E: Well sometimes it is funny. But sometimes it just goes into awkward and uncomfortable territory.
E: And then it’s not something you can laugh off anymore.
Mom: But I think that ultimately we did aeducate that guy, it just took a really awkward incident to do so. I don’t think that he’ll be asking the next person he sees in a powerchair to race.
K: I hope for everyone’s sake you’re right.
E: I could be the pessimist here and say that perhaps he’s gonna try it out on other people to see if they react like we do. Or he’s gonna go around saying that disabled people are bitter and have no sense of humor. You see this is the stuff that cycles through my head which is why I don’t know if we handled it correctly. Meanwhile, there is no right way to handle it. Honestly, it’s this guy’s fault, it’s not our fault.
K: But to your point though, I think that if this guy thinks that all disabled people are bitter from this day forward he’s not gonna wanna talk to any of them anyway. So, you know if all he had ot say to them was, “Hey wanna race?” Maybe you did them a favor. There’s your silver lining right there. That’s #Positivity in 2018.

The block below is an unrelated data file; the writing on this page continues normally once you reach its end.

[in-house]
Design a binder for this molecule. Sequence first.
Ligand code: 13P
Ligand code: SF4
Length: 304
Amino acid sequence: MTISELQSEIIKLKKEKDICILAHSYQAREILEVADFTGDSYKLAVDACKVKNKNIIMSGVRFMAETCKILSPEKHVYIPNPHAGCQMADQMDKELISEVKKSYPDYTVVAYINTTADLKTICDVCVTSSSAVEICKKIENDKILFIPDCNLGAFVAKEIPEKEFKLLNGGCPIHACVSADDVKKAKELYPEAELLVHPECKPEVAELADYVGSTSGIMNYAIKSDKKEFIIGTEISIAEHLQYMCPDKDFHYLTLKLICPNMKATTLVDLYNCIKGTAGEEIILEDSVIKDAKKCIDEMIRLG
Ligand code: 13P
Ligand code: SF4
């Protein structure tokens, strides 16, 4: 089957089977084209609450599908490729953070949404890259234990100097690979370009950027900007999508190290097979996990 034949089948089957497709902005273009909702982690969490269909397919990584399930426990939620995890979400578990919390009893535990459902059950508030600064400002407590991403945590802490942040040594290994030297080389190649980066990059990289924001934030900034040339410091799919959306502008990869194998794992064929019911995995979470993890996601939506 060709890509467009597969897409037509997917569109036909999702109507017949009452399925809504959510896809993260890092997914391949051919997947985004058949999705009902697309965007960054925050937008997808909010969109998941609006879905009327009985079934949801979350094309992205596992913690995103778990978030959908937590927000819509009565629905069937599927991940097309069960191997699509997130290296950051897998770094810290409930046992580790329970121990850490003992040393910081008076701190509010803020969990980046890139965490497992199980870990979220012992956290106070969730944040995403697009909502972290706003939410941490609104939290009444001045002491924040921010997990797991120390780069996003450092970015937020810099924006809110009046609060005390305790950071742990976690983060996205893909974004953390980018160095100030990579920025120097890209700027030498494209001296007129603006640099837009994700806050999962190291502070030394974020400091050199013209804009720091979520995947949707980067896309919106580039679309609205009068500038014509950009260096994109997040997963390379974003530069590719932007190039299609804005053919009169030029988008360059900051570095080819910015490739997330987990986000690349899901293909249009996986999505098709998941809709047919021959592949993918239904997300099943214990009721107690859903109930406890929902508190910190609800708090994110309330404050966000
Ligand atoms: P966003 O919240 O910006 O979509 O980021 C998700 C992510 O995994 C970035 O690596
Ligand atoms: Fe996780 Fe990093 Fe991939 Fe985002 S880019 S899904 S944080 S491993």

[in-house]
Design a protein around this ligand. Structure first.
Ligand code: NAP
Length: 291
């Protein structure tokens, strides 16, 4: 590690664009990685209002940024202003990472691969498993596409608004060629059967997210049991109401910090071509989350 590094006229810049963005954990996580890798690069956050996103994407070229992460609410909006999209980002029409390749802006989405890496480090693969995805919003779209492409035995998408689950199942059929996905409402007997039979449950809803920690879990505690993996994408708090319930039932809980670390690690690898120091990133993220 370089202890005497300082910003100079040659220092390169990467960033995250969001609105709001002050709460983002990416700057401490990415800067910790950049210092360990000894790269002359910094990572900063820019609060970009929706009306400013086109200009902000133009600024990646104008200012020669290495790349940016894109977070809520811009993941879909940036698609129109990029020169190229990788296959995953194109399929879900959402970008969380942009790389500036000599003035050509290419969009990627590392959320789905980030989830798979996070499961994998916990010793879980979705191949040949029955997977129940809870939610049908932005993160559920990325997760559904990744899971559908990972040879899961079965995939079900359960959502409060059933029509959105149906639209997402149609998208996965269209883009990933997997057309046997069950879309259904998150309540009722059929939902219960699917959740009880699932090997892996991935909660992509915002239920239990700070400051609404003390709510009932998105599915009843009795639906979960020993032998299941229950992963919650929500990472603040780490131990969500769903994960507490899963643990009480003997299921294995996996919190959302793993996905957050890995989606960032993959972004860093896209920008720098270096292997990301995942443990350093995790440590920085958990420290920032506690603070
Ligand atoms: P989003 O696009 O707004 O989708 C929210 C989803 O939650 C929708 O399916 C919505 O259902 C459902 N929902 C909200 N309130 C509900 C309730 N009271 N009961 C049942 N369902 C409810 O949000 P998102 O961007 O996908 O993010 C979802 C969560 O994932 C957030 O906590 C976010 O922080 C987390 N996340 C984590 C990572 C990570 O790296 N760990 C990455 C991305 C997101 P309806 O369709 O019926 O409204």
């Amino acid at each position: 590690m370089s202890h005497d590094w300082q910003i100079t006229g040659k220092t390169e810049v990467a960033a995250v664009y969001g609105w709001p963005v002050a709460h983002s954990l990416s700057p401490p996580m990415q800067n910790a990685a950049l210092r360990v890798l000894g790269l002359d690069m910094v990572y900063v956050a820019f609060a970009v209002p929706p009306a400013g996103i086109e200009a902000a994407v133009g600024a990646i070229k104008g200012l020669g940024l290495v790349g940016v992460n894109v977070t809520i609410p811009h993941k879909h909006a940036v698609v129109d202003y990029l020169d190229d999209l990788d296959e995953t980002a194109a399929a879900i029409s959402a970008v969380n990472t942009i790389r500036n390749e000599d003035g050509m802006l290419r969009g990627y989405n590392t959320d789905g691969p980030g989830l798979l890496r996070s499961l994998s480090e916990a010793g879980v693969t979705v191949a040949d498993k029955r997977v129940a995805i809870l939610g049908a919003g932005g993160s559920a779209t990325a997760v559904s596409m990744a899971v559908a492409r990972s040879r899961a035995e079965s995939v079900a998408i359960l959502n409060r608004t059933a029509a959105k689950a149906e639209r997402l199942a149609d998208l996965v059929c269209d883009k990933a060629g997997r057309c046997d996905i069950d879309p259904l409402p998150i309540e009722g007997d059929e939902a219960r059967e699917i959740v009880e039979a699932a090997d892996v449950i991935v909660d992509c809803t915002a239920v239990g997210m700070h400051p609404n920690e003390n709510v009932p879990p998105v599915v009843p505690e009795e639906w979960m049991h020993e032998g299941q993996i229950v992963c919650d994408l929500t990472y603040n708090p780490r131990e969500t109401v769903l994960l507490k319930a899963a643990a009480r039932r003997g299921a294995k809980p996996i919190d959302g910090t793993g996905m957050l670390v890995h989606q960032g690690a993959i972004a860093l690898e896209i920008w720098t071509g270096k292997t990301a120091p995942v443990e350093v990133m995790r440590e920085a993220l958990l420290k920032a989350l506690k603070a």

Mom: Yeah, if you could see us we’re both just shaking our head right now.
E: I feel at a loss for words. I mean, telling the story is one thing. And I always say that at least it makes a good story but…
Mom: Yeah, she needs this sort of material for te podcast.
E: But I don’t want this stuff to happen.
Mom: No. I really don’t see it stopping anytime soon. I mean….
E: And you know what’s funny? Is when I’m out with Kyle and he’s writing on the back of my chair…
Mom: Which by the way Kyle you shouldn’t be doing!
E: But he does it anyway
K: It’s extremely dangerous, I know. There’s really nothing responsible about it at all.
E: But when we’re out, we get a lot less comments than you would think. For something that is clearly a spectacle, when I would expect the comments is when we don’t seem to get a lot of them.
K: And when we do it’s like generally very positive. It’s not like, “Hey that’s unsafe!” Or, “Hey does she need a license for that thing?” It’s always like, “Oh hey, that’s cool!” It’s never been anything other than, “Hey, look at that thing I’ve never seen that before!”